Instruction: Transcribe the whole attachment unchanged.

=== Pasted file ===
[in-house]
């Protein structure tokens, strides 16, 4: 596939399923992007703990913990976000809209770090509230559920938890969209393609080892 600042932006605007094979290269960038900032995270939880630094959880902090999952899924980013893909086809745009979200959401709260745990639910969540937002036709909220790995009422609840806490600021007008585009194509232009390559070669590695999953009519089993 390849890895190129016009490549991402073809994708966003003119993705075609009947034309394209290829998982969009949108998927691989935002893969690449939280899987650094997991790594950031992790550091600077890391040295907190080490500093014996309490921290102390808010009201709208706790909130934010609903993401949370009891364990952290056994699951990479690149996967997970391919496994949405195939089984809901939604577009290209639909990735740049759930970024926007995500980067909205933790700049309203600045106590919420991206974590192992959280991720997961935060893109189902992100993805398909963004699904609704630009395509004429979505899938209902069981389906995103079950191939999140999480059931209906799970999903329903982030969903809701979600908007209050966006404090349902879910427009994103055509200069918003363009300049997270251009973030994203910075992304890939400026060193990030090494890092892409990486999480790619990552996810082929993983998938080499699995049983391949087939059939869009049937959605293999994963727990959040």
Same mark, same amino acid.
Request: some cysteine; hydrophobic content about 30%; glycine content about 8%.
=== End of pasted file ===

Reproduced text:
[in-house]
């Protein structure tokens, strides 16, 4: 596939399923992007703990913990976000809209770090509230559920938890969209393609080892 600042932006605007094979290269960038900032995270939880630094959880902090999952899924980013893909086809745009979200959401709260745990639910969540937002036709909220790995009422609840806490600021007008585009194509232009390559070669590695999953009519089993 390849890895190129016009490549991402073809994708966003003119993705075609009947034309394209290829998982969009949108998927691989935002893969690449939280899987650094997991790594950031992790550091600077890391040295907190080490500093014996309490921290102390808010009201709208706790909130934010609903993401949370009891364990952290056994699951990479690149996967997970391919496994949405195939089984809901939604577009290209639909990735740049759930970024926007995500980067909205933790700049309203600045106590919420991206974590192992959280991720997961935060893109189902992100993805398909963004699904609704630009395509004429979505899938209902069981389906995103079950191939999140999480059931209906799970999903329903982030969903809701979600908007209050966006404090349902879910427009994103055509200069918003363009300049997270251009973030994203910075992304890939400026060193990030090494890092892409990486999480790619990552996810082929993983998938080499699995049983391949087939059939869009049937959605293999994963727990959040």
Same mark, same amino acid.
Request: some cysteine; hydrophobic content about 30%; glycine content about 8%.